4) Be Judicious in Highlighting and Note Taking
Use a highlighter to mark a FEW key points to act as the basis for mental pictures and reminder cues. Add key words in the margins if you don’t find useful clues to highlight.
Almost all students use highlighter pens to identify key parts of a text. But many students either highlight too much or highlight the wrong things. They become so preoccupied in marking up the book that they don’t pay enough attention to what they are reading. A better approach is to highlight just a few key words on a page. If many pages don’t require highlights, sticky tabs on pages with highlights can greatly speed a study process for whole books.
It is crucial to think about the meaning of text. Highlighted text needs to be rehearsed in the context of how it fits with the purpose, why it needs to be remembered, and how it fits with important material that preceded it. Every few paragraphs or pages, depending on the information density, the reader should stop and self-quiz to make sure the important material is being memorized. Making outline notes of such material after it is first read can be an important rehearsal aid for forming immediate memory and for later study. The act of creating such an outline from working memory, and checking it against the content just read, supports memory formation in very powerful ways.
5) Think in Pictures
A picture may not be worth a thousand words, but it can certainly capture the essence of dozens of words. Moreover, pictures are much easier to memorize than words. Those memory wizards who put on stage shows owe their success (as do card counters in casinos) to use of gimmicks based on mental pictures. Ordinary readers can use to good effect the practice of making mental images of the meaning of text. The highlighted key words in text, for example, if used as a starting point for mental pictures, then become very useful for memorization. One only has to spot the key words and think of the associated mental images. Sometimes it helps to make mental images of headings and sub-heads. Pictures also become easier to remember when they are clustered into similar groups or when they are chained together to tell a story.
Mental pictures are not the only way to facilitate memory for what you read. I understand that actors use another approach for memorizing their lines for a play, movie, or TV show. Actors “get into the part” and study the meaning of the script in depth, which seems to produce memory automatically for them. When the same script is memorized with mental images, it appears that the text is being looked at from the outside, as something to be memorized. Actors, on the other hand, appear to be looking at the same text from the inside, as something to be experienced. The actors probe the deep meaning of the text, which inevitably involves attending to the exact words. For example, they seem to explore why their character would use a given set of wordsto express a particular thought. This is still a process of association, except that actors are associating words with real meaning and context as opposed to contrived visual image meaning and context.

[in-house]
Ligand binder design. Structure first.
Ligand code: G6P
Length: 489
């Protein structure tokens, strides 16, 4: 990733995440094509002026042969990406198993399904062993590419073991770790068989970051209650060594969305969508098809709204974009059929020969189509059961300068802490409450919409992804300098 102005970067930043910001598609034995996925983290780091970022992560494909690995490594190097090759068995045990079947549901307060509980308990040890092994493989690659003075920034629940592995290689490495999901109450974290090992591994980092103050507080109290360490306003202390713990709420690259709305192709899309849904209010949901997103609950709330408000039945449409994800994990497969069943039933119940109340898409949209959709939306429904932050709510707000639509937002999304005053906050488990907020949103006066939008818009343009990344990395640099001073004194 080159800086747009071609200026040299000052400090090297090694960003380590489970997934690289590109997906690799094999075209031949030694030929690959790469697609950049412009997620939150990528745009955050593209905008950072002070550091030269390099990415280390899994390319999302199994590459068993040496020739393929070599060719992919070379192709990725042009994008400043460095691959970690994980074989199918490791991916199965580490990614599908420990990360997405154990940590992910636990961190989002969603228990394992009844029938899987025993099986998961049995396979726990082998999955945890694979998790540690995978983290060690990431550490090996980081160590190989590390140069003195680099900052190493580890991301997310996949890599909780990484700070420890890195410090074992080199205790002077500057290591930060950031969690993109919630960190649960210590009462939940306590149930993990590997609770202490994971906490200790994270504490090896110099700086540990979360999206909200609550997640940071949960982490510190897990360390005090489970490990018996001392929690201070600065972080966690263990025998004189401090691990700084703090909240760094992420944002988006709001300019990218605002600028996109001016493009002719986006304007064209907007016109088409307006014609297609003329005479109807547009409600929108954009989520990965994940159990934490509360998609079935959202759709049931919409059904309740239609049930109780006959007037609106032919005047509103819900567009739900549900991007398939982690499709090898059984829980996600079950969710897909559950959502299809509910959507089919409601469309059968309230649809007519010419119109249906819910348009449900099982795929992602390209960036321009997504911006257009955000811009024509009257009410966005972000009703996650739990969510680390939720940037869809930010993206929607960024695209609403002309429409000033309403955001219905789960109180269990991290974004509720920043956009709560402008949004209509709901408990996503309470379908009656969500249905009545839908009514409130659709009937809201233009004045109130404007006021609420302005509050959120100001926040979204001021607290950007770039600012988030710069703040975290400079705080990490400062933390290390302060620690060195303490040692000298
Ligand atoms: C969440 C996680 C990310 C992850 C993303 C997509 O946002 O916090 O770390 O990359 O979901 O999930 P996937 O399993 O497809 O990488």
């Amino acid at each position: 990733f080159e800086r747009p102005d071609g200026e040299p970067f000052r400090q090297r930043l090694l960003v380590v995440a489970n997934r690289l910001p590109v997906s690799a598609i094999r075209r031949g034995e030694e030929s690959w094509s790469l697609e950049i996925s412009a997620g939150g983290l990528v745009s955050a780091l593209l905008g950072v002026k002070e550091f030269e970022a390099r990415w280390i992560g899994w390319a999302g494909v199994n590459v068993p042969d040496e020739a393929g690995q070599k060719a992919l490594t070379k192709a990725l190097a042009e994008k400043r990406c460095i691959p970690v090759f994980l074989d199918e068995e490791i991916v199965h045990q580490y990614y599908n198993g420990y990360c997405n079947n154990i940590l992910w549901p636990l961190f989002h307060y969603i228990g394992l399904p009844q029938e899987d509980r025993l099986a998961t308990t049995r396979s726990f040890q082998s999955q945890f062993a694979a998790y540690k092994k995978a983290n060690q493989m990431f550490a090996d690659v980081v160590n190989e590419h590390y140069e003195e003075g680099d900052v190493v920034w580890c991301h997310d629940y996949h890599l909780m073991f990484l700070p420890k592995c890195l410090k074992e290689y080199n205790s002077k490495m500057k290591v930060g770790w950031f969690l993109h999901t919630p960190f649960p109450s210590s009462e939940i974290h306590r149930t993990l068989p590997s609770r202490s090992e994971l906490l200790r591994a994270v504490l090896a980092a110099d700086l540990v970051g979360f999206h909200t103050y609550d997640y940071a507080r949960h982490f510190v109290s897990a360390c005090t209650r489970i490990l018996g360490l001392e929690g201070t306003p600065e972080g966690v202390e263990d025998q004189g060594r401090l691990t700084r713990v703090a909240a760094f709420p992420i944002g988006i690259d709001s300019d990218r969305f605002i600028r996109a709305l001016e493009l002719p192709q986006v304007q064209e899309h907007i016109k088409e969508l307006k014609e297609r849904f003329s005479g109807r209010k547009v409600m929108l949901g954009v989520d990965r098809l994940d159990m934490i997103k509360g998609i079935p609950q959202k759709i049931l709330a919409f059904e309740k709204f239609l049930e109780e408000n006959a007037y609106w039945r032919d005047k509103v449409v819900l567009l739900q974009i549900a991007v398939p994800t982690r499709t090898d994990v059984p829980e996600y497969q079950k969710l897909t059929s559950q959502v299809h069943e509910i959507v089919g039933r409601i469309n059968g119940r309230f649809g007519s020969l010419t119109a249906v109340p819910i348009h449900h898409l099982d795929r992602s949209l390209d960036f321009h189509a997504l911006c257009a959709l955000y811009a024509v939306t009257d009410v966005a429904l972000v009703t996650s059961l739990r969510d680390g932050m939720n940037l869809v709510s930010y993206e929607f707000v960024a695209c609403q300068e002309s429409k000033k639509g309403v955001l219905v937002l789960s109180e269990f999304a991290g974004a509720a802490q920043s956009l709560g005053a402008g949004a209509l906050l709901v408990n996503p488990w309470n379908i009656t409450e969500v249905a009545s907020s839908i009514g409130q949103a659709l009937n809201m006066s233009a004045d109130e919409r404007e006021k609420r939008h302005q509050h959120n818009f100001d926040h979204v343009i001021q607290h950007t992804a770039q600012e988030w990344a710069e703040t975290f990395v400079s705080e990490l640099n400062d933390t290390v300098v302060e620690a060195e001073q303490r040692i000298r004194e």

Both approaches require engagement. The reader has to think hard about what is being read, and that is what helps you to remember what is read.
6) Rehearse As You Go Along
Read in short segments (a few paragraphs to a few pages, depending on content density), all the while thinking about and paraphrasing the meaning of what is written.
To rehearse what you are memorizing, see how many of the mental pictures you can reconstruct. Use headings and highlighted words if needed to help you reinforce the mental pictures. Rehearse the mental pictures every day or so for the first few days after reading.
Think about the content in each segment in terms of how it satisfies the purpose for reading. Ask yourself questions about the content. “How does this information fit what I already know and don’t know? Why did the author say that? Do I understand what this means? What is the evidence? Do I agree with ideas or conclusions? Why or why not? What is the practical application?” How much of this do I need to memorize?” Apply the ideas to other situations and contexts. Generate ideas about the content.
It also helps to focus on what is not said. To do that you also have to keep in working memory what was said. This not only helps memory, but you get the opportunity to gain creative insights about the subject. In short, thinking not only promotes memory formation but also understanding.
Excellent article! I just read that entire post, out loud, and retained the main points from it. These tips will certainly come in handy. Thank you.
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The first step in learning how to read and retain information from scholarly works is to understand how they are organized. Each field has specific conventions regarding the composition of peer reviewed articles and books. Most scientific articles include an introduction which sets the stage for the research study, a methods section which describes how the research was conducted, including samples and measures, a results section discussing the statistical analyses conducted and whether the hypothesis was supported or refuted, and a discussion section that considers the study s findings in light of the research literature and draws overall conclusions. Books contain structured argument, generally leading from an introduction to chapters that make and support specific points, and concluding with a discussion that draws conclusions. Learn the conventions of your discipline.